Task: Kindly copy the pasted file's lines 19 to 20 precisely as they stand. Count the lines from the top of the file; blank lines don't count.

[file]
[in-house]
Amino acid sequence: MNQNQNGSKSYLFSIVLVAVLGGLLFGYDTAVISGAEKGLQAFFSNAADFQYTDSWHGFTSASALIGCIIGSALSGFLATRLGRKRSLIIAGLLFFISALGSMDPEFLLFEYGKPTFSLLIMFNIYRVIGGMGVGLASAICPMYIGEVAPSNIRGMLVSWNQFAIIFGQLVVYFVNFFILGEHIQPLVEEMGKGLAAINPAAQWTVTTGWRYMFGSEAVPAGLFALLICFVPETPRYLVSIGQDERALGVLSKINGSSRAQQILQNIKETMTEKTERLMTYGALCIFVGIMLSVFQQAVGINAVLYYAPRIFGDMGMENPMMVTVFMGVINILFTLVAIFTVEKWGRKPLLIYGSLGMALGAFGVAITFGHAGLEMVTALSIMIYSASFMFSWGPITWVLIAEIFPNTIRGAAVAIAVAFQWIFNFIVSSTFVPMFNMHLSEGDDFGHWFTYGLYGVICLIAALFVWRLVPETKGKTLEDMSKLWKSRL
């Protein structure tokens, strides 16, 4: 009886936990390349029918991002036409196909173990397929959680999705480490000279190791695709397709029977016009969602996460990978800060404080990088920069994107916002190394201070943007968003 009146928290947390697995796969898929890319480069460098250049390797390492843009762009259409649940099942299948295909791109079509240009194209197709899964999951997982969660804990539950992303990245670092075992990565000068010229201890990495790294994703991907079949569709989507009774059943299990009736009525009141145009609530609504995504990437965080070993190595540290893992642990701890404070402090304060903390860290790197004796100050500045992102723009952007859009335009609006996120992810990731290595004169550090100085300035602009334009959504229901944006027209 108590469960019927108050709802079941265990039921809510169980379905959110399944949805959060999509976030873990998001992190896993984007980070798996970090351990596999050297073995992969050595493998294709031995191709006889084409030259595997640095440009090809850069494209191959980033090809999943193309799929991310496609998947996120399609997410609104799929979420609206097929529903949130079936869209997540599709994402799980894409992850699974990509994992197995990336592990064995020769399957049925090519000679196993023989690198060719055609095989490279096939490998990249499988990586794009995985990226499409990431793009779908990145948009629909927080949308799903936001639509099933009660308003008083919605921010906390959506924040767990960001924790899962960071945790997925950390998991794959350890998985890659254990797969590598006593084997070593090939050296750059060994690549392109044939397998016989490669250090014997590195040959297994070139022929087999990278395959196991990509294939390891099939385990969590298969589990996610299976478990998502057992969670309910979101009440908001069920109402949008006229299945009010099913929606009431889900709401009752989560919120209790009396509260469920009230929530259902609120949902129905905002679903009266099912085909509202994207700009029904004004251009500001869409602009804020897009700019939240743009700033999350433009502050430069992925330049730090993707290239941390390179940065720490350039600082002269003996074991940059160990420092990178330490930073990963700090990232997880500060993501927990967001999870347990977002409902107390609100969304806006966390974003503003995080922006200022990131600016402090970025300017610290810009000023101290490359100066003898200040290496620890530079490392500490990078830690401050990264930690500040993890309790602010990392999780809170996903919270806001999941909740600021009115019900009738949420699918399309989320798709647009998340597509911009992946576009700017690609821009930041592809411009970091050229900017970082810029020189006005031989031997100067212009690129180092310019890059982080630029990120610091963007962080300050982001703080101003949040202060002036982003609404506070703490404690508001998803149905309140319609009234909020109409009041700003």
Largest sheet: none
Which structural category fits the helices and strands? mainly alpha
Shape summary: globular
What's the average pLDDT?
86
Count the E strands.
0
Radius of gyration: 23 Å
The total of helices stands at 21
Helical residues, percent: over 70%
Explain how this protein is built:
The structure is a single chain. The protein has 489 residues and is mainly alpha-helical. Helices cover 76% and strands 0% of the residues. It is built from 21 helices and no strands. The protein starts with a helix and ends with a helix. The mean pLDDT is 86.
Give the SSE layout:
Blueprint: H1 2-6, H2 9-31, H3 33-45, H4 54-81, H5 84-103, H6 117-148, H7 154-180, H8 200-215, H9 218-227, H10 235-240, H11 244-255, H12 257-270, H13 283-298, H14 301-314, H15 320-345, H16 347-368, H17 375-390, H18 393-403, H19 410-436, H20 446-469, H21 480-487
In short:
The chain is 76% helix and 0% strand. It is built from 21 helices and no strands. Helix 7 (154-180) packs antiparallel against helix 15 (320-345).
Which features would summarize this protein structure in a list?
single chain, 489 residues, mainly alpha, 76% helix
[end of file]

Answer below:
The chain is 76% helix and 0% strand. It is built from 21 helices and no strands. Helix 7 (154-180) packs antiparallel against helix 15 (320-345).
Which features would summarize this protein structure in a list?